Introductory Investigation of Quadrilaterals
Lesson 1 of 5
Objective: Students will be able to investigate the specific features of the different quadrilaterals.
As the students walk in the room, I hand each one a small, square colored piece of paper. For 24 students, there are 6 different colored squares, marked with the numbers 1 through 4. I will use these to formulate different groups throughout the today's lesson.
There is also a list on the board of diagrams that I would like them to draw in their notebooks. The board says:
Use a ruler and protractor to draw (no need to construct!) in your notebook the following diagrams.
- two line segments that are congruent
- two angles that are congruent
- two line segments that bisect each other
- two intersecting segments in which one is bisected and one is not
- two parallel lines
- two perpendicular lines
- two line segments that are perpendicular and bisect each other
- an angle that is bisected
- a quadrilateral and its diagonals
I ask that the students compare their diagrams with the diagrams of the other students in their group. I walk around the room, keeping an eye out for anyone who is struggling. I also direct questions to the students:
- How do you know the segments are congruent?
- What does congruent mean?
- What does bisected mean?
- How do you know when segments are perpendicular? Parallel?
I have found that the concept of segments that bisect each other is often difficult for some students; they don’t always make the connection between the concepts bisect and midpoint. The diagonals of a quadrilateral can also be challenging, as well; I have had some students who connect midpoints of two sides, rather than connecting two vertices, and this certainly merits discussion (see my Deep Prior Knowledge Required! reflection for more on this issue).
When the task has been discussed and completed, I ask if everyone feels certain of these concepts and if anyone has any questions. We are now ready for the main activity of the lesson.
I give each student the handout entitled Table. I then instruct the students to divide themselves into 4 groups, and to move their desks accordingly. Their group is determined by the number that they received on the colored piece of paper as they entered the room. (All the 1’s go together, all the 2’s, etc.) I remind my students not to throw their slips of paper out – we will use them again!
Before the lesson, I created a handout for each type of quadrilateral by dividing a sheet of graph paper into sixths and drawing six different figures of the same type of quadrilateral. For example, one page has six different sized rectangles, one page has six different sized trapezoids, etc.
I give each group two copies of Quadrilateral_Cutouts. I ask that that one person in each group quickly cut one of these pages apart and distribute one figure to each member of the group. All in the group will have the same shape (a rectangle, for example) but everyone’s shape will be of slightly different dimensions (the example page is obviously trapezoids).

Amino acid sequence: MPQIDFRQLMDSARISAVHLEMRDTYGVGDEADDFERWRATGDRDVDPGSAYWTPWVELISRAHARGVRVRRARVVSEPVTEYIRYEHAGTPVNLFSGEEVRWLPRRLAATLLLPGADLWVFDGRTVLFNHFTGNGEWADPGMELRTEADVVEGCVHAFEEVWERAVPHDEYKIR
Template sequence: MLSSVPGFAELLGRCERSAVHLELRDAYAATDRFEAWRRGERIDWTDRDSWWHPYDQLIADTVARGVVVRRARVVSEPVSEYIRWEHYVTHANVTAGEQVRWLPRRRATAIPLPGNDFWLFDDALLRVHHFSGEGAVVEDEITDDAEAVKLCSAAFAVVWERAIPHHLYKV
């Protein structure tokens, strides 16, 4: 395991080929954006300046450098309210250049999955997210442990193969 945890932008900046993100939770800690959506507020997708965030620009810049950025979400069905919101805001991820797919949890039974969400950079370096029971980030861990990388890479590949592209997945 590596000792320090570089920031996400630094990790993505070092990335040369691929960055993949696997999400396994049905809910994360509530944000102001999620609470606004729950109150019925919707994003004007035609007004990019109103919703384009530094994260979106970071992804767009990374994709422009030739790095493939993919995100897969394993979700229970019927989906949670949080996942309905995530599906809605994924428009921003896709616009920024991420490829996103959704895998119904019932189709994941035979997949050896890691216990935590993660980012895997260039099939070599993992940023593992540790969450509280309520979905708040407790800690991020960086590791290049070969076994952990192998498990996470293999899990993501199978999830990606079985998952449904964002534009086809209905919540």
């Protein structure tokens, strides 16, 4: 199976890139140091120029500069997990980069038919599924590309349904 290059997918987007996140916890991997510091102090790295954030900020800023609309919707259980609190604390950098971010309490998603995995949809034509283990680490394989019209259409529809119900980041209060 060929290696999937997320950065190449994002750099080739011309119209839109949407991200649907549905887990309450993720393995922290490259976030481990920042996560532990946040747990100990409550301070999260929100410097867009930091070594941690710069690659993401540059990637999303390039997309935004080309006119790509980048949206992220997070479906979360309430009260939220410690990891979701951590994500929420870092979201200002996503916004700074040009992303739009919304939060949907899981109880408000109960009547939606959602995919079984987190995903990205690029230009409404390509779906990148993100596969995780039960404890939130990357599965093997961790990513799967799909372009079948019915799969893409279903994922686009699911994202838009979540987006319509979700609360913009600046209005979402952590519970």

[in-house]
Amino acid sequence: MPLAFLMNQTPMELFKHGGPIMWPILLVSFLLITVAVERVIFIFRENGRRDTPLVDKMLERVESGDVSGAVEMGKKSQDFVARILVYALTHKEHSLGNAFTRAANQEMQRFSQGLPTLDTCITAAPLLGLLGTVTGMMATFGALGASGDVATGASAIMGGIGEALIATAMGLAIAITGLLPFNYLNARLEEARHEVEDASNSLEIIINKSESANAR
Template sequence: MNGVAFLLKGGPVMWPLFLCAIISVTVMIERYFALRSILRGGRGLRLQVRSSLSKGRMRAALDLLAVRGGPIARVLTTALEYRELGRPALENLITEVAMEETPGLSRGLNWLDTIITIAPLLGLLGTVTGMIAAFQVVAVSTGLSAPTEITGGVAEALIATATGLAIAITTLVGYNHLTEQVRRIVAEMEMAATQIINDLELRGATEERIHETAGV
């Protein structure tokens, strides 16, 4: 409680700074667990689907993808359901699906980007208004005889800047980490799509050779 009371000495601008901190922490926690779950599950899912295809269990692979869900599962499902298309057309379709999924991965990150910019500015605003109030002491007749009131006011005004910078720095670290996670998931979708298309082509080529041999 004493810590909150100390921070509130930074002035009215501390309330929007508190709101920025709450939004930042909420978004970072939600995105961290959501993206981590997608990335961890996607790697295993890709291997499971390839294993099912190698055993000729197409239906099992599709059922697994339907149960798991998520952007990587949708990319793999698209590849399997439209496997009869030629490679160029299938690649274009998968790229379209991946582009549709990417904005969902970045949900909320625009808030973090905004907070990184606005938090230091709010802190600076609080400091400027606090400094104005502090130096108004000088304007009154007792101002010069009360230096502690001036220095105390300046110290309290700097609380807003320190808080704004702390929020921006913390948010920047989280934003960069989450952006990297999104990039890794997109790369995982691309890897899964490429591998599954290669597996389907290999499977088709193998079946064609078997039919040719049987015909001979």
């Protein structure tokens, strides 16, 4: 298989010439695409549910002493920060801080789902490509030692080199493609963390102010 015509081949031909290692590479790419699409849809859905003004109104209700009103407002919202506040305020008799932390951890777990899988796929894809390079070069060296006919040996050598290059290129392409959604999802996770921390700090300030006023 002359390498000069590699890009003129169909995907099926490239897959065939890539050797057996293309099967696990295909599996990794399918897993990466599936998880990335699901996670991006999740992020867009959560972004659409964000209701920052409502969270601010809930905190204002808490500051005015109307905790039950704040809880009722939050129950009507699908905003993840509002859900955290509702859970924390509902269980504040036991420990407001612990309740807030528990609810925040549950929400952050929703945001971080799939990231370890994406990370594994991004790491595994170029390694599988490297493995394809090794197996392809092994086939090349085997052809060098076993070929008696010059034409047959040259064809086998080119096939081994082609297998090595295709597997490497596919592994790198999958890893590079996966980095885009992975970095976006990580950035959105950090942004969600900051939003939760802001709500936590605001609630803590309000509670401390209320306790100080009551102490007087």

I explain that the group members work together to measure and investigate their quadrilateral and to develop hypotheses about their figure. When the group comes to a consensus about a particular feature of their quadrilateral, they each record their conclusion on the table that I have provided for them. When the group has finished with one figure, they repeat the process with their second figure.
The groups are divided as follows:
Group 1: quadrilateral, rhombus
Group 2: rectangle, isosceles trapezoid
Group 3: square, trapezoid
Group 4: parallelogram, kite
I ask that the groups investigate and discuss lengths and relationships of sides (including parallel and perpendicular), measures of angles, and characteristics of the diagonals. The handout entitled Table is set up to record these observations, as well as any other the students might have. (I’m hoping that someone will remember the sum of the interior angles of a quadrilateral!)
Share the Knowledge
When the students have finished investigating and recording their conclusions in their tables, I instruct the students to regroup according to the color of their slips of paper, taking their diagrams and Tables with them. This places the students in 6 groups with 4 students each.
I ask the students to report out to each other, one at a time, so that each member of the group teaches the other members of his group about all the features of his two quadrilaterals that his group observed. The students record this information in their tables as they discuss it.
My experience with this jigsaw activity has been that very little is required of me during this phase of the lesson. I walk around the room and listen as the students instruct their classmates. Each time I have done this, I have been so impressed with how seriously they take this task and with their mastery of the vocabulary as they describe the characteristics of their figures.
I take the last minute to wrap things up – to state that in the next lesson we will try to the relationships between all of these quadrilaterals in perspective. We will look at what they have in common and how they differ. We will begin to prove some of the hypotheses that the students made in this lesson.